1. Somewhere back in ancient history, milk (like cheese) was stored in gourds and eventually became a curd. Depending on the type of bacteria, fermentation becomes a curd and eventually takes on a unique taste. One in particular eventually became what we know as yogurt.
2. The use of yogurt by medieval Turks is recorded in the books from the 11th century. Both texts mention the word “yogurt” (meaning to be curdled or coagulated, to thicken) in different sections and describe its use by nomadic Turks. (Their earliest yogurts were probably spontaneously fermented by wild bacteria in goat skin bags.)
3. The yogurt we enjoy in America today had its roots growing in two different places at about the same time. Isaac Carasso industrialized the production of yogurt. In 1919, Carasso started a small yogurt business in Barcelona, Spain, and named the business Danone (little Daniel) after his son. The brand later expanded to the United States under Dannon, an Americanized version of the name.
Then, in 1929, Armenian immigrants Sarkis and Rose Colombosian started Colombo and Sons Creamery in Andover, Massachusetts. Colombo Yogurt was originally delivered around New England in a horse-drawn wagon inscribed with the Armenian word “madzoon,” which was later changed to “yogurt,” the Turkish name of the product.
• Yes, since it is made from milk, yogurt is nutritionally rich in protein, calcium, riboflavin, vitamin A, vitamin B-6, vitamin B-12, phosphorus and potassium. In fact, a small container of yogurt has as much calcium as a third of a pint of milk. In addition to these nutritional characteristics, yogurt is also thought to have other health benefits. For example, it acts as a digestive aid. It can encourage the growth of beneficial bacteria in the gut. These organisms help digest food more efficiently and protect against harmful organisms. Another health benefit of yogurt is for people who are lactose intolerant. These people have difficulty digesting milk products, but they can typically tolerate yogurt.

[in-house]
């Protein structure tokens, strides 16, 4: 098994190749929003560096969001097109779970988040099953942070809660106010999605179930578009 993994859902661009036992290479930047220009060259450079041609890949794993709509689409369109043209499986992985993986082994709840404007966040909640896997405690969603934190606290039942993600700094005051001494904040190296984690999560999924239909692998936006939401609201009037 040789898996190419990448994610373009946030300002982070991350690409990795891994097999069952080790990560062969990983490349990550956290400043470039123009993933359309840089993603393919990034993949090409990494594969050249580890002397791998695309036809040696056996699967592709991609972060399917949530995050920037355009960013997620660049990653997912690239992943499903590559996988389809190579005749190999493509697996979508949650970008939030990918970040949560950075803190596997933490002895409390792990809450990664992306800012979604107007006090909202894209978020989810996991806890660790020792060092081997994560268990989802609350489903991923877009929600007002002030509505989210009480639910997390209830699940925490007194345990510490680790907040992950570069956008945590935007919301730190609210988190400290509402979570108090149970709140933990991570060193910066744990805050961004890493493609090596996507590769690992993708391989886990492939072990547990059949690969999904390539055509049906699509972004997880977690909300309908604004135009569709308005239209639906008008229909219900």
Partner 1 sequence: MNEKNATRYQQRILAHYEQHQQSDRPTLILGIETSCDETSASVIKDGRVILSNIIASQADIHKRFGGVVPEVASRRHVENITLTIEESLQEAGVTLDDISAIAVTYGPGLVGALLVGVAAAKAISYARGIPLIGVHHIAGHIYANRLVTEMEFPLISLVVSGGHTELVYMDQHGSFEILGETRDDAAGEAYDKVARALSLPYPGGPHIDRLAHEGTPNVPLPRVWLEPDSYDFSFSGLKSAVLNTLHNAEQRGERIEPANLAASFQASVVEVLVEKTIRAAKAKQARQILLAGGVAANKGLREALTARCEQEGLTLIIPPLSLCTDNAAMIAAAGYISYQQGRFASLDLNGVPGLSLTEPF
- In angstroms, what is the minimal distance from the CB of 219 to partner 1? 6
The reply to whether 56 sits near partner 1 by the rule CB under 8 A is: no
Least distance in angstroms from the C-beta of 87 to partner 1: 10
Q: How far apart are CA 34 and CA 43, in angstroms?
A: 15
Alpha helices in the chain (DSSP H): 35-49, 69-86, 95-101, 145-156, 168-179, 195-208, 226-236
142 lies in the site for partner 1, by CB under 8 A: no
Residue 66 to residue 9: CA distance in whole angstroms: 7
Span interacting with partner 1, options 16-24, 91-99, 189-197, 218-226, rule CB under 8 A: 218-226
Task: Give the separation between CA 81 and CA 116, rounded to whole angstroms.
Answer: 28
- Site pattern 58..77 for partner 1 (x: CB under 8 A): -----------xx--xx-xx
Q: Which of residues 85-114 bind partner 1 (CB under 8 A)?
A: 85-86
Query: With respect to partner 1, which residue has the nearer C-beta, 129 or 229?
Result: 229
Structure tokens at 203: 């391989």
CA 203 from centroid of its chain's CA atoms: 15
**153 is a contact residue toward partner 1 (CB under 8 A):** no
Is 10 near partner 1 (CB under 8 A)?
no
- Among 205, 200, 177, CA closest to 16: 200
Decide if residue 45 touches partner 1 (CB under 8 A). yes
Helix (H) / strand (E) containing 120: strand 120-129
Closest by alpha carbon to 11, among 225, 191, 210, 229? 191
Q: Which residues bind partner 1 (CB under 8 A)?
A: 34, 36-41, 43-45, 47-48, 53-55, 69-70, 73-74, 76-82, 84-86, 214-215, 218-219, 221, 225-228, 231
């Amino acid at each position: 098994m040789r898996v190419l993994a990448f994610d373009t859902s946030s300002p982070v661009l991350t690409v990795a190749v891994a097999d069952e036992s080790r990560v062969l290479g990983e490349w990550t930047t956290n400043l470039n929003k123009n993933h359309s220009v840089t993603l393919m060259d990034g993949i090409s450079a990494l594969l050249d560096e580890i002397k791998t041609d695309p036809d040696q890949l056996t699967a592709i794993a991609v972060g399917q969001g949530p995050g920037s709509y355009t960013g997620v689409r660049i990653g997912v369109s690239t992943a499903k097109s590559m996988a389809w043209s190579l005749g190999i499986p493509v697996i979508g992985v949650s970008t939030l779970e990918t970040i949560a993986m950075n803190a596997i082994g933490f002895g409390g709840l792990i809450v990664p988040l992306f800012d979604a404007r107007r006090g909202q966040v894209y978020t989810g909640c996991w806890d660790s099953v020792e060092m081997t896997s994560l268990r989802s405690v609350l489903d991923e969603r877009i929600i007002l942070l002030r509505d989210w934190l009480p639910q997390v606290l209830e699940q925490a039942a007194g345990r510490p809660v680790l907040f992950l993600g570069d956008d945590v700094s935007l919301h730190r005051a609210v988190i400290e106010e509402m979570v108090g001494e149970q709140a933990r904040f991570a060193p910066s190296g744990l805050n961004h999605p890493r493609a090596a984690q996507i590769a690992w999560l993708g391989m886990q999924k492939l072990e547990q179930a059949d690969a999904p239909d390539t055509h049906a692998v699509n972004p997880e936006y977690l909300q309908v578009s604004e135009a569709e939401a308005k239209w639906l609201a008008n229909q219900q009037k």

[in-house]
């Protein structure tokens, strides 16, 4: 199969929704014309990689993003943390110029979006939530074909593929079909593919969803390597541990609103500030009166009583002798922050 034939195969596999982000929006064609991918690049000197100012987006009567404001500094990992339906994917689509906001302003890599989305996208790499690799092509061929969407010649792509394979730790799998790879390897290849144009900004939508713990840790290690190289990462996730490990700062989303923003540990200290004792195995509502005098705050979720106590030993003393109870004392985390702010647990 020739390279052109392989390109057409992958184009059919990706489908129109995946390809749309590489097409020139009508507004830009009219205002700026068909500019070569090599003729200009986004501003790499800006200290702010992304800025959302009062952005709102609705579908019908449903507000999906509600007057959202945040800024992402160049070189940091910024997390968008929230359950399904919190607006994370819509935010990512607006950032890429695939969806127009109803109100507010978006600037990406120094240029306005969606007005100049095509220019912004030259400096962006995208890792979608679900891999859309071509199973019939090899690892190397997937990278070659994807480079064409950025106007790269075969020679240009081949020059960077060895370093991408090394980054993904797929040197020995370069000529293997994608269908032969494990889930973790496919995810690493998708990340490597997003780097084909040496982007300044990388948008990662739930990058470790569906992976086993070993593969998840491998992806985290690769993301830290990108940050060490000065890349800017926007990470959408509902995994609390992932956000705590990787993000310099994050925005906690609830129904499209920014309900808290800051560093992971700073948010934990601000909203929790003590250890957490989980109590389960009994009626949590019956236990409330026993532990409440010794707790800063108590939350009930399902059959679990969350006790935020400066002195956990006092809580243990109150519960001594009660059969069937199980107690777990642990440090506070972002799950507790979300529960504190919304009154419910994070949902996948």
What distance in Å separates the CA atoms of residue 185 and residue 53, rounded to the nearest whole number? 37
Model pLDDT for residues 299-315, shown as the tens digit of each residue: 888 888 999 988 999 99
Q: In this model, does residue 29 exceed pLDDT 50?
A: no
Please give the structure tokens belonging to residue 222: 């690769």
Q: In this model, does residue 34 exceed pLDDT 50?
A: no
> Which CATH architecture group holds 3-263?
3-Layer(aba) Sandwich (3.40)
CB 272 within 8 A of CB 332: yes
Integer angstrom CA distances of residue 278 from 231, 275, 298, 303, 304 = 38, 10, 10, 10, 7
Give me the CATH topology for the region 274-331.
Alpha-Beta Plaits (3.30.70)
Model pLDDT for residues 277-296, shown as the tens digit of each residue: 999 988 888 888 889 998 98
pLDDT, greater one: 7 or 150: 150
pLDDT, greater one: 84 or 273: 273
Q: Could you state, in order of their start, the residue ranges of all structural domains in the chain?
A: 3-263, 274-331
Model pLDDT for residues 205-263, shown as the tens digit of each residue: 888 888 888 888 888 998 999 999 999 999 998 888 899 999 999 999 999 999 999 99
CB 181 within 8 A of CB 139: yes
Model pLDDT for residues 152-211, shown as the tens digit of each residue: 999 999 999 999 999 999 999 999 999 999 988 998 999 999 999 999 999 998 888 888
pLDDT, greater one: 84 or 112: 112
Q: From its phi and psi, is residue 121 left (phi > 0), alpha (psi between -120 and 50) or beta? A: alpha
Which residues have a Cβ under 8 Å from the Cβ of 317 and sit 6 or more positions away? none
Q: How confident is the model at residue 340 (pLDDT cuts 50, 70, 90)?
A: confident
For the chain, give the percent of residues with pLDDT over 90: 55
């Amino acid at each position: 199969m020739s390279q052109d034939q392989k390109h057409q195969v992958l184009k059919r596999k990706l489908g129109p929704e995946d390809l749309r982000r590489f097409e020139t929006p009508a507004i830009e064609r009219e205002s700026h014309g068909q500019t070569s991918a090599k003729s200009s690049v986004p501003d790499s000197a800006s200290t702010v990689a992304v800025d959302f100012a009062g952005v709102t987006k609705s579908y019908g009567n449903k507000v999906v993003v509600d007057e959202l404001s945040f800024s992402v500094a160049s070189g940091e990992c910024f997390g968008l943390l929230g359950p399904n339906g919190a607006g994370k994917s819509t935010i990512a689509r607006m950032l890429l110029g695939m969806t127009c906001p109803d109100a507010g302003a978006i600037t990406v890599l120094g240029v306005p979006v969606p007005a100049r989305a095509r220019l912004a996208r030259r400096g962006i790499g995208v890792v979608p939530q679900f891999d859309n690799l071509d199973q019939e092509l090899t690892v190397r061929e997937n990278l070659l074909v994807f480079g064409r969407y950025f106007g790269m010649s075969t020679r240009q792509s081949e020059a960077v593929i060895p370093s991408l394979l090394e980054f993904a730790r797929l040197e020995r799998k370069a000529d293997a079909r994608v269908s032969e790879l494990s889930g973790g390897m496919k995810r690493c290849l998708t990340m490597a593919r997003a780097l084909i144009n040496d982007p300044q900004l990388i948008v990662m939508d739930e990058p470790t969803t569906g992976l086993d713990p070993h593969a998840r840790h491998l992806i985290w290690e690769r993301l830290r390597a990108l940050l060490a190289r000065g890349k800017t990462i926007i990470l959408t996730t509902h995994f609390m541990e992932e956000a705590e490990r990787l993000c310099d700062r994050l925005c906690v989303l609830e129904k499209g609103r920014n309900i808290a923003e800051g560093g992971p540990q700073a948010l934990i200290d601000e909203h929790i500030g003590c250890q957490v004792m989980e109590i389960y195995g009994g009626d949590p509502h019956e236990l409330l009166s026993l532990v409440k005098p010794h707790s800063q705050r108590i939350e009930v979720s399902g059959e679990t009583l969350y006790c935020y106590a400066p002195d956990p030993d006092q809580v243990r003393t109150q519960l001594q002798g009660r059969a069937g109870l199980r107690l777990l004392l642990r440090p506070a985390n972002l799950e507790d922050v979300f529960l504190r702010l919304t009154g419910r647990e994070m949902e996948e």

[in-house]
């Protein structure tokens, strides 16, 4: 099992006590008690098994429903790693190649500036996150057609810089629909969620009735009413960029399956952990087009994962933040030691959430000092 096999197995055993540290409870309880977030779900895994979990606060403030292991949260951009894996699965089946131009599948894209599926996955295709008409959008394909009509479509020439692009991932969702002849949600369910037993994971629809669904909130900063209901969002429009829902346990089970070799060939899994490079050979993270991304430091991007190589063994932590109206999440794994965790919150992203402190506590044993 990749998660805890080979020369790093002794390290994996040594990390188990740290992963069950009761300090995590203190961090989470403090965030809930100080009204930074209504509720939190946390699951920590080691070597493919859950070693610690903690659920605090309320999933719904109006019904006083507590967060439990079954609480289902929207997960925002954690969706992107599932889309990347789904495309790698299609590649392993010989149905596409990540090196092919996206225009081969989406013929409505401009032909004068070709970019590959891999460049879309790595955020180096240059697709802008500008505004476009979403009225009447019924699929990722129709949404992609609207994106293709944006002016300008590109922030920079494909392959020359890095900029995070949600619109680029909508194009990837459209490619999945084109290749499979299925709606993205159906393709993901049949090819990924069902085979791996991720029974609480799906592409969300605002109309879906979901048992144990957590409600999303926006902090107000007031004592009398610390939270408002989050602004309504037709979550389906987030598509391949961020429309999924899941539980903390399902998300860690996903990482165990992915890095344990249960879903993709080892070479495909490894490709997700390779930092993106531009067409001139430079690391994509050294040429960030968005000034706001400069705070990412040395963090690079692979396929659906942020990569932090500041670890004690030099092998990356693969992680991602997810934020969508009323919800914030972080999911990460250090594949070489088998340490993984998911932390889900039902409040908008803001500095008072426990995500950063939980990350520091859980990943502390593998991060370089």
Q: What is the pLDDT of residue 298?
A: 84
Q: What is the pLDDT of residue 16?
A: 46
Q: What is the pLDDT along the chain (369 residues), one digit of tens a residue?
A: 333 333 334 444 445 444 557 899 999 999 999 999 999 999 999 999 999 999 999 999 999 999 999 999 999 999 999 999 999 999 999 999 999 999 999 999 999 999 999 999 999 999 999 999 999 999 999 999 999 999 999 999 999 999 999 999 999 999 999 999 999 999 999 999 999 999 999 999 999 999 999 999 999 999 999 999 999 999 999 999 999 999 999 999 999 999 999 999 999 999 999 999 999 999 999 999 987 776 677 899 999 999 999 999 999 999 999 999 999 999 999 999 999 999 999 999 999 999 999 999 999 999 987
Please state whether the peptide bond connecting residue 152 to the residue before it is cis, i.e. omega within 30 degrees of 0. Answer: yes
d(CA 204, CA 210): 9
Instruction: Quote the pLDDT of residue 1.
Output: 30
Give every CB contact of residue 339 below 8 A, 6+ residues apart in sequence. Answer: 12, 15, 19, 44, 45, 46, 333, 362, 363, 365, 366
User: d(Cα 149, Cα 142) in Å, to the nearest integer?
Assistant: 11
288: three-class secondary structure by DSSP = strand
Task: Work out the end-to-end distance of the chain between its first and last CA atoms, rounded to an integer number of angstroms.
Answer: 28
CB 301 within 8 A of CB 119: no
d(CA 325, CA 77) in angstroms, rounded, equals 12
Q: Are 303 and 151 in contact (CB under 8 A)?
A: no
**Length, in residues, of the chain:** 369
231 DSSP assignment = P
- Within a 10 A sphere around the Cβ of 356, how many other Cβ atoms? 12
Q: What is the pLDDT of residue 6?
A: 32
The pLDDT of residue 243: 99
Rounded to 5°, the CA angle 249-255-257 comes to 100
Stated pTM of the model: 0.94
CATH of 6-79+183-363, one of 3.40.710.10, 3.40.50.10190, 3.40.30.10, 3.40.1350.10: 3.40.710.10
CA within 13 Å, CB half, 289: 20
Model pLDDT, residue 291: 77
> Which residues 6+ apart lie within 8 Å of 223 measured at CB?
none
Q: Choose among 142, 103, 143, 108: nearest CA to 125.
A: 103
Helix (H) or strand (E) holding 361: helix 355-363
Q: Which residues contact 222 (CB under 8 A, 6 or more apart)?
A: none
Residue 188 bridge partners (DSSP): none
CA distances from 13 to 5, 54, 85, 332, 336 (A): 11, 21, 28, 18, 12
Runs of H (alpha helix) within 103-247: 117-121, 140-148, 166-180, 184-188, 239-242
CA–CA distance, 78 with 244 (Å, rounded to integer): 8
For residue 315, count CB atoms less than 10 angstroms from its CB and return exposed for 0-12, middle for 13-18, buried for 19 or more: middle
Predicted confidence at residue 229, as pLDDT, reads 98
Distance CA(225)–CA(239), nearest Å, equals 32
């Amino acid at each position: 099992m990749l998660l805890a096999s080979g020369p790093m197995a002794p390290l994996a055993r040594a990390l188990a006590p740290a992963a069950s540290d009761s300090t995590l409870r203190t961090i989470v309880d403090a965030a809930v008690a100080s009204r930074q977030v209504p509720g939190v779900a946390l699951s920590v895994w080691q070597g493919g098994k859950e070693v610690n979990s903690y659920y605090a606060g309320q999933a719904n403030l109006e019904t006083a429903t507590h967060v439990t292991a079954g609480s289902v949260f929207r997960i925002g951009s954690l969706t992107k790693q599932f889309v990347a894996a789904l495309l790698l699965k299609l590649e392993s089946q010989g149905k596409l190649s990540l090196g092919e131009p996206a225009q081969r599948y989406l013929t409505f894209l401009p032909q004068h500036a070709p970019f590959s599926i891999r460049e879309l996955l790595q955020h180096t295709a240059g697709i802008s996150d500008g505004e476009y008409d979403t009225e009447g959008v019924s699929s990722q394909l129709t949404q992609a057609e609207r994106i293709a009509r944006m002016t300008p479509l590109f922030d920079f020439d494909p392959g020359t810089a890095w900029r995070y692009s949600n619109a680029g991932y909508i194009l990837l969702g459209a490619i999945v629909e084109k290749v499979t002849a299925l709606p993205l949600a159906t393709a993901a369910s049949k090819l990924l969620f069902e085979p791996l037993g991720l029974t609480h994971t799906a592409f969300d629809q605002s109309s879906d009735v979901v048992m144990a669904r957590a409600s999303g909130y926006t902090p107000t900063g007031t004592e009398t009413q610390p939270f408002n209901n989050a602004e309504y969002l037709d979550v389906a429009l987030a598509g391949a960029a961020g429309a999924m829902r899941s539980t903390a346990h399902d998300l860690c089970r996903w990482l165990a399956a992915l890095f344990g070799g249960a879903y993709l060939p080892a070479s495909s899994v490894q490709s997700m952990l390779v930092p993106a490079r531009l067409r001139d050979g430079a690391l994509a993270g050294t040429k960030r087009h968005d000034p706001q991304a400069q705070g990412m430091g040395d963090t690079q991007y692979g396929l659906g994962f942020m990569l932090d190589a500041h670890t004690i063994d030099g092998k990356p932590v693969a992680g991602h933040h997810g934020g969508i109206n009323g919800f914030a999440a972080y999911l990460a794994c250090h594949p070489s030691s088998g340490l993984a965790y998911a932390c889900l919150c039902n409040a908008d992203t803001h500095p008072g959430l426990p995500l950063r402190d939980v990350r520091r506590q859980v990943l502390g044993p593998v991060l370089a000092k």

Yogurt does contain varying amounts of fat. There is non-fat (0% fat), low-fat (usually 2% fat) and plain or whole milk Yogurt (4% fat); some yogurts can be as high as 10% fat. Therefore, low-fat yogurt can promote weight loss, but whole-milk yogurts or high-fat, sweetened yogurts aren’t necessarily a ticket to a slimmer you.
Yogurt is eaten as is and can also be cooked. It is added to soups, salads, meat, poultry, fish, rice, pasta dishes, breads, cakes, pies, brioches, desserts and drinks. Yogurt is used as a basic ingredient in several hot or cold soups as well as for making cold sauces for grilled skewers. It is used to marinate and tenderize meat, poultry and game, and it’s also an important ingredient in Middle Eastern and Indian cuisines.
So, what if you like yogurt but your family or loved ones don’t? How can you give them the healthful benefits of yogurt without a fight?
Satisfy your dessert craving with this Frozen Banilla Tart, with bits of chocolate and coconut.
6 Medium Bananas, sliced lengthwise and in half
¼ Cup Rum (optional)
¼ Cup Honey
1 Cup Shredded Coconut (reserve a tablespoon for garnish)
1 Cup Chocolate Chips (reserve a tablespoon for garnish)
¾ Cup Butterscotch Chips, melted
1 Each Graham Cracker Crust
4 Cups Stonyfield Farm Low-Fat Banilla Yogurt
1. Preheat oven to 350°F.
2. In medium-sized bowl, drizzle bananas with rum and honey. Place on a non-stick baking sheet, and cook in oven until golden brown–about 15 minutes. Let cool.
3. In a medium-sized bowl, combine yogurt, coconut, and chocolate chips.
4. Melt butterscotch chips in double boiler or microwave (medium-high for 1 minute, then 15 second intervals to follow until melted).
5. Arrange caramelized bananas in ready-made pie crust.
6. Drizzle with melted butterscotch.
7. Top with yogurt mixture. Freeze for at least 2 hours.
8. Use a knife that has been run under hot water to slice. Garnish with chocolate chips and coconut.